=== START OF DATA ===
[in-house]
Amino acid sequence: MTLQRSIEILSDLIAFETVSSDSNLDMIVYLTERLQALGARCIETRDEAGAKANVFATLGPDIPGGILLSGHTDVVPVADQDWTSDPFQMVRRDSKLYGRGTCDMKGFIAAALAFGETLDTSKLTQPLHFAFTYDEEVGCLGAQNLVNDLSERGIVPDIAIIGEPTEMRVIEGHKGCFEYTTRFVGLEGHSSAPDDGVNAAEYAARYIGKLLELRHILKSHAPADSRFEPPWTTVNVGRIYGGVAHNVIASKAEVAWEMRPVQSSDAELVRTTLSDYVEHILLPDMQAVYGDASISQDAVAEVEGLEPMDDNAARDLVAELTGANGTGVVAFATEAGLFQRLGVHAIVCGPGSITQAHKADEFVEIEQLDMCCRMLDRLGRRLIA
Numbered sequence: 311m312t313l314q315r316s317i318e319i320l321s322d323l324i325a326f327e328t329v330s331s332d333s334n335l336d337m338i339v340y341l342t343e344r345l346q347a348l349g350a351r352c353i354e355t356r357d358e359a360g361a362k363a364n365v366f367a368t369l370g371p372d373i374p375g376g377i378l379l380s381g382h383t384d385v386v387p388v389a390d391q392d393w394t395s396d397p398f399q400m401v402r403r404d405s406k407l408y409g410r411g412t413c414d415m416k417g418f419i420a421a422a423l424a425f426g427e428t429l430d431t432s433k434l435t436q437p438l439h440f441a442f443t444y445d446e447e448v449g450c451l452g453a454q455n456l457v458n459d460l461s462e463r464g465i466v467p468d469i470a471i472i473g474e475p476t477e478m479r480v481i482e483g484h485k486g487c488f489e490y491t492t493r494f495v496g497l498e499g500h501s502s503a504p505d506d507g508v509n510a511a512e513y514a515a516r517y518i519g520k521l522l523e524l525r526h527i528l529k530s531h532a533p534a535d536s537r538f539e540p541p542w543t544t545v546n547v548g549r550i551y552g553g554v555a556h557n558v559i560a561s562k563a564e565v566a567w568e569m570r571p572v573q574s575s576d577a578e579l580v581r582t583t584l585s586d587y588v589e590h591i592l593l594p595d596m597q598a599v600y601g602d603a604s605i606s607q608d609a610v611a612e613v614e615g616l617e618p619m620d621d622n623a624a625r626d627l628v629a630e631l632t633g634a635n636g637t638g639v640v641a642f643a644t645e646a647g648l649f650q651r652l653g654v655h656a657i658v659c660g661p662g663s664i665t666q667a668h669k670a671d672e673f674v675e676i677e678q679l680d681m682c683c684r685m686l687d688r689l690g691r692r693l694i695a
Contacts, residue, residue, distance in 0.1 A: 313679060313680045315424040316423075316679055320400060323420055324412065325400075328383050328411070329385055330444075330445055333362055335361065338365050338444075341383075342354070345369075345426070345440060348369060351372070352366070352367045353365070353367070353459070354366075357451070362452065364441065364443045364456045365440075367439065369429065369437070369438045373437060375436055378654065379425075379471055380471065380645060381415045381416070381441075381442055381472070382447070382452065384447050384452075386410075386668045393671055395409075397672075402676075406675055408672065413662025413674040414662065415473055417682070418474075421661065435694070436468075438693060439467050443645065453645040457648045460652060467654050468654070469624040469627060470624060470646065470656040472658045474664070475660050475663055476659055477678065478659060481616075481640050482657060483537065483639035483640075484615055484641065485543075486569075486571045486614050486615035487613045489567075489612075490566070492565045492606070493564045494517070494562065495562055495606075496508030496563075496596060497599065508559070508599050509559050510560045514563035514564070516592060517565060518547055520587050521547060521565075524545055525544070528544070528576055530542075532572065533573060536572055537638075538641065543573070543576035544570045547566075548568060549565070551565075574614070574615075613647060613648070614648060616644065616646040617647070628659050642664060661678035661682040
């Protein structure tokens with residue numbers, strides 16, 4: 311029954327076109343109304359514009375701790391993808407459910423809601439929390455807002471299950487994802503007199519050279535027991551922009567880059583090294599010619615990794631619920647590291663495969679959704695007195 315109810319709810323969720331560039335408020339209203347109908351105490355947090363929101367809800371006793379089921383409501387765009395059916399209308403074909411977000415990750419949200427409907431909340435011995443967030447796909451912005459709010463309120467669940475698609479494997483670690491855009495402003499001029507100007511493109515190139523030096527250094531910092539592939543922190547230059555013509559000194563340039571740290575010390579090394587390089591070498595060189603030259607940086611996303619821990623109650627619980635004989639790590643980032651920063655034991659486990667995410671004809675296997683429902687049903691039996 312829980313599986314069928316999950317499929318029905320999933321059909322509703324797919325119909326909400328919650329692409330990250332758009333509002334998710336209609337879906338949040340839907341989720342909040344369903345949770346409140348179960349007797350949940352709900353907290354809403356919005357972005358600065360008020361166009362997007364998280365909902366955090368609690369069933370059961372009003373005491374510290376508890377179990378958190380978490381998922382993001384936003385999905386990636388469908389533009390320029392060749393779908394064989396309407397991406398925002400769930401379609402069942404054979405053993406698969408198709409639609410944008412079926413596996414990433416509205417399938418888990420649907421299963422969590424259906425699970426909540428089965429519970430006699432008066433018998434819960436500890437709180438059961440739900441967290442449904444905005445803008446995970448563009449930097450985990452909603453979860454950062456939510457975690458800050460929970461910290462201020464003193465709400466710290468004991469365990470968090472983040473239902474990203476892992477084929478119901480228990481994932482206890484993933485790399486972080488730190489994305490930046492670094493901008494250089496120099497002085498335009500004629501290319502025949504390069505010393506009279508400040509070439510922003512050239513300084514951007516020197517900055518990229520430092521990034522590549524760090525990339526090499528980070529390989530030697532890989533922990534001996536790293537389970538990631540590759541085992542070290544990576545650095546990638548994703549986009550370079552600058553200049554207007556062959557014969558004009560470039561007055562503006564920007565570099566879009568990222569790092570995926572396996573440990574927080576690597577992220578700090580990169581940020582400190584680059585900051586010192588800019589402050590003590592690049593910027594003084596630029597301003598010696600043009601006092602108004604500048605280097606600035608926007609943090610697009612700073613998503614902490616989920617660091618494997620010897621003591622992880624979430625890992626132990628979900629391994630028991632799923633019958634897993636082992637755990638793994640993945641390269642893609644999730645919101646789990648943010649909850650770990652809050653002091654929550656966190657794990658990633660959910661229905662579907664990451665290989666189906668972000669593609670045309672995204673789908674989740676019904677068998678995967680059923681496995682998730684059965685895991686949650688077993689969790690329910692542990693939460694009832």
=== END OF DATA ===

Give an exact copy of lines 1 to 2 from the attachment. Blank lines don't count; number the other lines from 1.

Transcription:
[in-house]
Amino acid sequence: MTLQRSIEILSDLIAFETVSSDSNLDMIVYLTERLQALGARCIETRDEAGAKANVFATLGPDIPGGILLSGHTDVVPVADQDWTSDPFQMVRRDSKLYGRGTCDMKGFIAAALAFGETLDTSKLTQPLHFAFTYDEEVGCLGAQNLVNDLSERGIVPDIAIIGEPTEMRVIEGHKGCFEYTTRFVGLEGHSSAPDDGVNAAEYAARYIGKLLELRHILKSHAPADSRFEPPWTTVNVGRIYGGVAHNVIASKAEVAWEMRPVQSSDAELVRTTLSDYVEHILLPDMQAVYGDASISQDAVAEVEGLEPMDDNAARDLVAELTGANGTGVVAFATEAGLFQRLGVHAIVCGPGSITQAHKADEFVEIEQLDMCCRMLDRLGRRLIA